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Ambitious Tourism Plan Imagines Elevated Gondolas Over the Chicago River

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The privately-funded project hopes to boost tourism and stimulate the local economy

While Chicago recently celebrated a record number of visitors, two of the Windy City’s leading tourism proponents have unveiled an audacious plan to boost that figure even higher with an elevated line of sky-trams that would ride across cables suspended above the Chicago River. Conceived by Laurence Geller, head of Geller Capital Partners, and Broadway in Chicago founder Lou Raizin, the so-called "Skyline" aerial gondola system would be part of the duo’s "New Vision for Tourism in Chicago."

Though Raizin and Geller’s larger plan also features ideas to activate new parts of the city with dynamic lighting elements — including projecting live performances on the riverfront wall of the Civic Opera House — the Skyline is easily the crown jewel of the "New Vision" presentation that broke cover at a City Club event on Tuesday night.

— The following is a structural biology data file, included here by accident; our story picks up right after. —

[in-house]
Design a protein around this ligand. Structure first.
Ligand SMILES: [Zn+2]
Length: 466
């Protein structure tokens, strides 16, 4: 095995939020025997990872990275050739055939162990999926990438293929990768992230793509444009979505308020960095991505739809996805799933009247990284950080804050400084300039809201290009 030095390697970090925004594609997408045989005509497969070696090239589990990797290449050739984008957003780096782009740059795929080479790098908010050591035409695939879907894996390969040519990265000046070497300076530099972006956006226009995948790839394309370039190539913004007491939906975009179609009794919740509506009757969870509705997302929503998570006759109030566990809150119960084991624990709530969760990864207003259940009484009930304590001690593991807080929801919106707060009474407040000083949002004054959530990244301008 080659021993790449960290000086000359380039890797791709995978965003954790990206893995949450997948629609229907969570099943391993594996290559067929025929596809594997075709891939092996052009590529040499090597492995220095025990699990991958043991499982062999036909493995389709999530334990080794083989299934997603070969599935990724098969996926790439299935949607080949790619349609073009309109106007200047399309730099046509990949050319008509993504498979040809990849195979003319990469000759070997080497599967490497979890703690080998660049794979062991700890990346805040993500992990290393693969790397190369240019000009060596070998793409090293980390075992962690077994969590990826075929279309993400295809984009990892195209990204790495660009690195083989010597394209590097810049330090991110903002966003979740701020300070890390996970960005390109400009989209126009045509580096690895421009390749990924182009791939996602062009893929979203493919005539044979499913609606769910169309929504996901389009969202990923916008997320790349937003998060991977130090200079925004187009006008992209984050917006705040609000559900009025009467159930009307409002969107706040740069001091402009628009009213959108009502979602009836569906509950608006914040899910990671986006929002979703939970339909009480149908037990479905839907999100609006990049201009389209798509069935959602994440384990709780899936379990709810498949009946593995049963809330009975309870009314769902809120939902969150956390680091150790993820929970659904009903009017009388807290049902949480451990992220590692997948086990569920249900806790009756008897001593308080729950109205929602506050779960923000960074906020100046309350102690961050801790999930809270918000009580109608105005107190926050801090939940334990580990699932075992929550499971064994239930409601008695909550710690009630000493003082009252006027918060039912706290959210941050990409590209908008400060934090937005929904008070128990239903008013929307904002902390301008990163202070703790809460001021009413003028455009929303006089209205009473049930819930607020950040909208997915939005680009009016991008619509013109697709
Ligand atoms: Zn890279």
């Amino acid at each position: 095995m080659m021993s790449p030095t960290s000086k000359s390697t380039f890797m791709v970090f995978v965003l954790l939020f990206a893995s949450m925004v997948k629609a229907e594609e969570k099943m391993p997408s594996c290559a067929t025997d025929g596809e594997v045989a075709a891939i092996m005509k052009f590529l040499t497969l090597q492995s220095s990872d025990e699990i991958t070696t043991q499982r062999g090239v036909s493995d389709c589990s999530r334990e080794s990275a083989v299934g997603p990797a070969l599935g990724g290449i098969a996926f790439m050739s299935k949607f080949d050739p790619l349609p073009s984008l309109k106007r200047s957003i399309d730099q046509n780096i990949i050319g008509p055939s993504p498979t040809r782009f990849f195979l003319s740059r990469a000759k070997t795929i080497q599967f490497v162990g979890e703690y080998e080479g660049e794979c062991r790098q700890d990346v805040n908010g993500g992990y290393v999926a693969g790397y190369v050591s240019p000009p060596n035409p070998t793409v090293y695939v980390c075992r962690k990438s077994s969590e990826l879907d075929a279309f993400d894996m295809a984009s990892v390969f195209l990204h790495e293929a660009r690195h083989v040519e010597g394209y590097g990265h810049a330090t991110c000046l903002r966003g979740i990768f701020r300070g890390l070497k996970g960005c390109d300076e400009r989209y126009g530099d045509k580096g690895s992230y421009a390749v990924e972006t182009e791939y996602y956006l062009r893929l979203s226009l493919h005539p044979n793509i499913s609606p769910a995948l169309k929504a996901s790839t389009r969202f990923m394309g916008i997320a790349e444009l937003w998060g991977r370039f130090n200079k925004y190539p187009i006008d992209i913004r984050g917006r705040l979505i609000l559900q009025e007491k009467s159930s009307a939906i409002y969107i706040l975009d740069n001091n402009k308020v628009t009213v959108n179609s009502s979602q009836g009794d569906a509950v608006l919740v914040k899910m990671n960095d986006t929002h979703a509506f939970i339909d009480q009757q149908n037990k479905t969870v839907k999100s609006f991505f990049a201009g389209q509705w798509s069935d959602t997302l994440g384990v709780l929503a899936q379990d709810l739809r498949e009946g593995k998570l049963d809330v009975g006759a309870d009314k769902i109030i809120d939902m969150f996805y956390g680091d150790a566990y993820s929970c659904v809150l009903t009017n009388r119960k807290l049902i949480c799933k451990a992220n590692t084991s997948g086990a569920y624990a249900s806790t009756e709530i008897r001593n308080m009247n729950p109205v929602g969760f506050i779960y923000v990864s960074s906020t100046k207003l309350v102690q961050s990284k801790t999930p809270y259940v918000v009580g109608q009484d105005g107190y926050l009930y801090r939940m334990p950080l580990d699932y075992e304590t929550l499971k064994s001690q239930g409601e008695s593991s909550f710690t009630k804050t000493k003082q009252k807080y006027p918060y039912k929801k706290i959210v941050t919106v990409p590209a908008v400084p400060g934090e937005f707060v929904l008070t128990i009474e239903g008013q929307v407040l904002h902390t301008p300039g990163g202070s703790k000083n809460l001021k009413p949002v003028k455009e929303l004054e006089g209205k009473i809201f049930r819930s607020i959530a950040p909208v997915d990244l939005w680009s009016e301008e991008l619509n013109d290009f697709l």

Operating roughly 17 stories above the river, one line of aerial gondolas would run from Navy Pier along the south bank of the main branch while another arm would extend southward along the lakeshore, connecting the Pier to Millennium Park. The combined system could accommodate as many as 3,000 passengers per hour.

Despite an estimated price tag of $250 million, Raizin and Geller claim the project would rely entirely on private funding. According to Crain’s, the pair believe that their project has the financial backing plus the political and public support necessary to be realized. If approved, the duo anticipate a construction timetable of three to four years.

Financial and engineering obstacles aside, the ambitious Skyline project will need to clear a number of city and special interest hurdles to be realized. Chicago seems to have a unique way of making a private gift valued at hundreds of millions of dollars turn into a politicized boondoggle.